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Housing Benefit: Who can claim?

Buy to let: Its not as easy as it sounds
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Who can claim housing benefit?

If you are a rent payer on a low income or in receipt of certain benefits, the chances are you may be entitled to claim Housing Benefit. Housing Benefit is to help people who are either working or unemployed to meet their accommodation costs. It covers rental charges from councils, housing associations and other social and private landlords, although there is no set rate and how much you will get depends on a number of factors, such as your income and circumstances.

Extra costs are not covered by housing benefit

There are costs and services that are sometimes embedded in rental charges which Housing Benefit doesn’t cover, such as water, heating and lighting, so it’s worth bearing this in mind.

From April 2013 you may also be able to get extra help from your local council, called a ‘discretionary housing payment’, if the level of Housing Benefit set doesn’t cover your rent. For those who pay rent to a private landlord, the sum that can be covered is normally restricted to an amount set by a rent officer and based on factors such as prices for the area you live in.

If you are on Income Support, income-based Jobseeker’s Allowance or income-related Employment and Support Allowance, then you should automatically be within the limits for Housing Benefit to cover all of your eligible rent.

To qualify for Housing Benefit you cannot have savings above a certain level, usually £16,000, and if you live with a partner it can only be awarded to one of you.

New bedroom tax

New rules introduced in April this year also take into account the number of unoccupied rooms in the house if you rent from the council or other social landlord, so that those deemed to have extra bedrooms will get a reduced rate of the eligible rent.

If you’re not in receipt of any of the benefits listed above, you still may be able to collect Housing Benefit to cover all or part of your rent but it cannot be claimed towards mortgage repayments.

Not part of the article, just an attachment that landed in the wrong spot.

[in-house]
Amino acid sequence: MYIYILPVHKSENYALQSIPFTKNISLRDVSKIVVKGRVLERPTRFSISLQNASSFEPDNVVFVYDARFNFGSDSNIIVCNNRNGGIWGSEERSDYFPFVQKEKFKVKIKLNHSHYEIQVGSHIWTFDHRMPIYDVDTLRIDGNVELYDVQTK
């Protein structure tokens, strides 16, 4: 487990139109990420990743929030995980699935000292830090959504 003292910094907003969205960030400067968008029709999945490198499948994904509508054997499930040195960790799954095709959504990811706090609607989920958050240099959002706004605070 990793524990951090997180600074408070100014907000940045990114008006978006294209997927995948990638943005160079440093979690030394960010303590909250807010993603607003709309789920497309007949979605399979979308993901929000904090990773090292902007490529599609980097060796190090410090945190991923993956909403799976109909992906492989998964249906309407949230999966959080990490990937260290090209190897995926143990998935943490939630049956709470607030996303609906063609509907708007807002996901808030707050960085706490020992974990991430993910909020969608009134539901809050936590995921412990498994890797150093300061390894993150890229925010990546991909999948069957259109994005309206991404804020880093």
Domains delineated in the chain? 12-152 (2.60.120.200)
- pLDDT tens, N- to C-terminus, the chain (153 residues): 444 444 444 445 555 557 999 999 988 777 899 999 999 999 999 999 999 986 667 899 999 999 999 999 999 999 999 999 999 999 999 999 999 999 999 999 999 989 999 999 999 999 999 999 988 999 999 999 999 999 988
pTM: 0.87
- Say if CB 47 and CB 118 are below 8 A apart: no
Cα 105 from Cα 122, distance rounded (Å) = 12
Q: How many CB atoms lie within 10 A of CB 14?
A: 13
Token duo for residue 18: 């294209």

housing benefit financial helpEligibility in this scenario will depend on your income and capital, and a Government formula works out how much money it thinks people need to live on each week.

Factors such as age, whether you have a partner or children, or care for a disabled person, will all be considered when setting rates of Housing Benefit.

Some types of income, such as child maintenance payments, are ignored when working out how much Housing Benefit you should get.

People who are unlikely to get this form of support include those with savings over £16,000, people who live in the home of a close relative, full-time students – unless they are disabled or have children – and asylum seekers.

Another change being introduced this year that could affect the level of entitlement, is the new benefit cap. This again varies depending upon circumstances and whether you receive certain other benefits, but will generally limit the amount of benefits households can get to between £350 and £500 a week.

Universal Credit will eventually replace other benefits

It’s also worth noting that from this year, Housing Benefit, Income Support, income-related Employment and Support Allowance and income-related Jobseeker’s Allowance are gradually being replaced by the new ‘Universal Credit’, which can include money to help with either rent or mortgage repayments.

If you are already in receipt of the other mentioned benefits, then Jobcentre Plus can send details of your claim for Housing Benefit to your local council.

People who are not claiming other benefits can get help from their local council which will be able to advise on eligibility and issue a claim form.

As part of your claim you may be asked about your background and identity and will need to provide some official documents such as passport, full birth certificate or full driving licence. Councils will usually deal with claims within two weeks of receiving the details they need.

If you are already renting when you make the claim, benefit will normally start the week after the local authority has decided you are entitled to it. Claims can sometimes be backdated. More help, either in the form of leaflets or face to face advice, is available at one of the Government’s local service information points based at various locations up and down the country.


 

 

 

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